Mantra

by Admin
Updated: June 18, 2018

Using a well-designed mantra can produce productivity improvements and psychological benefits

A mantra can be used to boost resolve and sharpen focus while at the same time have a calming effect. A personal mantra can help achieve goals (especially when under pressure) and a company motto or concise mission statement can be much more effective when formulated as a mantra.

“Mantra” is a Sanskrit word from “man” meaning to think and “tra” referring to tools. A mantra is literally a psychological tool.

The word “Mantra” is associated with Hinduism but the concept exists independently of religious practices and is known by other names in other languages.

A mantra is usually a sound or simple phrase that is repeated out loud. It can also be written, it can be a symbol, something that you touch or an action you perform.

It is advocated by those who believe in it as a method of inducing an altered state of consciousness.

This article oversimplifies issues relating to mediation, but it serves the purpose of describing this idea...

Meditative processes

Beginners to meditation often have difficulty emptying their minds and preventing their thoughts from wandering. Repeating a simple sound that has minimal attached meaning (e.g. “Om”) helps by providing just enough mental and physical activity to displace consciousness.

Directed processes

Mantras for achievement work in a way similar to that described for mediation except they have a very specific meaning. Thoughts and emotions are then concentrated with a view to bringing that meaning into reality.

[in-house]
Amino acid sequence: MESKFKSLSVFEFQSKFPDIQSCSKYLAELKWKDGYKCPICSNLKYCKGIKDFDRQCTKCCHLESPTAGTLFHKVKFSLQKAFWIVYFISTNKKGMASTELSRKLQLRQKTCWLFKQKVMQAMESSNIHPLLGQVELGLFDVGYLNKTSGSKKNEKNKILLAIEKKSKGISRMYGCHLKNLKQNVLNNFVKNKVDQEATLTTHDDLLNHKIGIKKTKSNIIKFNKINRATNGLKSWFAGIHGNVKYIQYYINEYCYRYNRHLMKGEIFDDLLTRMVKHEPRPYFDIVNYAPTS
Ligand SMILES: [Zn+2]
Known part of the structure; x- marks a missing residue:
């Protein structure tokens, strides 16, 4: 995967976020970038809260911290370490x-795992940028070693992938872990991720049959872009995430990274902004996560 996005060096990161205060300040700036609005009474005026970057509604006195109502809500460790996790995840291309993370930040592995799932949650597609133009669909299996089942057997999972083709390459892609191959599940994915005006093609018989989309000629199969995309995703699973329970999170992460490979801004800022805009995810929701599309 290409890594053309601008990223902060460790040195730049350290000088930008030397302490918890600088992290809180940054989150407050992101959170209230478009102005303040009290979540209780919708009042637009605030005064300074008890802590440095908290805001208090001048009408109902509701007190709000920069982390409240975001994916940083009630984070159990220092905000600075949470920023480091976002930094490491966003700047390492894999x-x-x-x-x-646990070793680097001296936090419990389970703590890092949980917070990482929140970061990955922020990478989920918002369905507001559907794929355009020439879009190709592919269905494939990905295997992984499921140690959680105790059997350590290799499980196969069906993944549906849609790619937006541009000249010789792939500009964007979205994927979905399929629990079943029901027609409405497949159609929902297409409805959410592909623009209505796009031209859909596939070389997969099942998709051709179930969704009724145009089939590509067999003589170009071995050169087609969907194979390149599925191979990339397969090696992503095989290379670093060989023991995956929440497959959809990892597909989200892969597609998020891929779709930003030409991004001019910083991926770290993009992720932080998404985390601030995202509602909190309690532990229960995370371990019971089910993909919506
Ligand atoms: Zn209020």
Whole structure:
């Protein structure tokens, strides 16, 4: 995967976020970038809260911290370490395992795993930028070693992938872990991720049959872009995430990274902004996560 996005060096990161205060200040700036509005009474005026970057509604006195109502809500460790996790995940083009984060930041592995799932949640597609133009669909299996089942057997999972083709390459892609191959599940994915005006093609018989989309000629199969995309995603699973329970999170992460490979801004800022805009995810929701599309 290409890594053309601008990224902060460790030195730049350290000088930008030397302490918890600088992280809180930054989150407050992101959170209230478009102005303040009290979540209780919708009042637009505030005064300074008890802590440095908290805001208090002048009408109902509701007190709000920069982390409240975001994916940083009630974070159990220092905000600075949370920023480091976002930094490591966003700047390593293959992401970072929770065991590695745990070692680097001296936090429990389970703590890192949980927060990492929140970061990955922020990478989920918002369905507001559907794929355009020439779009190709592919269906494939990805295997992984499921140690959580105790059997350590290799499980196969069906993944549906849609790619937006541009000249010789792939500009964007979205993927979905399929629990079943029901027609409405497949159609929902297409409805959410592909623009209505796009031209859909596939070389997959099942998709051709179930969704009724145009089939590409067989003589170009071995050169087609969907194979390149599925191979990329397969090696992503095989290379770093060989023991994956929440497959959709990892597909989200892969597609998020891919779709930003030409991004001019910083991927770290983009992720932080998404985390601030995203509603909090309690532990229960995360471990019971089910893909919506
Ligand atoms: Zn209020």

These mantras can be general (health, wealth etc.) or they can be precise. Precision tends to make them more effective but they can only be used one at a time.

It only works if you believe it

A mantra must be carefully designed to speak to subconscious beliefs. That is to say, if your mantra is “I can do this” against a deep emotional conviction that you can’t do it, your subconscious will align with your feelings and treat mantra use as something else you can’t do.

Apart from also being too general, the famous autosuggestion mantra of the Coué method - “Every day, in every way, I am getting better and better” - is famously unreliable for this reason.

When attempting to bring about a major change, it’s important to protect against doubts. For example, “People only see what I want to be” doesn’t try to convince your subconscious you won’t make mistakes only that they won’t matter.

How to write a mantra

Mantras need to be short & punchy so you can say them multiple times quickly & easily (repetition effect). They don’t need to rhyme but they should be of a form you associate with wise phrases.

When spoken, first person present tense (I am) generally works best but third person (you are) can be equally if not more effective, especially when written.

Mantras work best when they connect what you are actually doing to the result you want (as I do x I achieve y).

More info

There is a great example of using colored wristbands as mantras at runnersworld.com and there are some interesting answers on the subject of whether there is scientific proof that mantras are beneficial at quora.com.

Meditation has a long history and can be a complex subject to discuss. How Meditation Went Mainstream (Ashley Ross, time.com) connects past to present and yogajournal.com has plenty of info relating to contemporary meditation practice.

The full text of “The practice of autosuggestion by the method of Emile Coué” (1922) can be obtained from archive.org (multiple formats are available).

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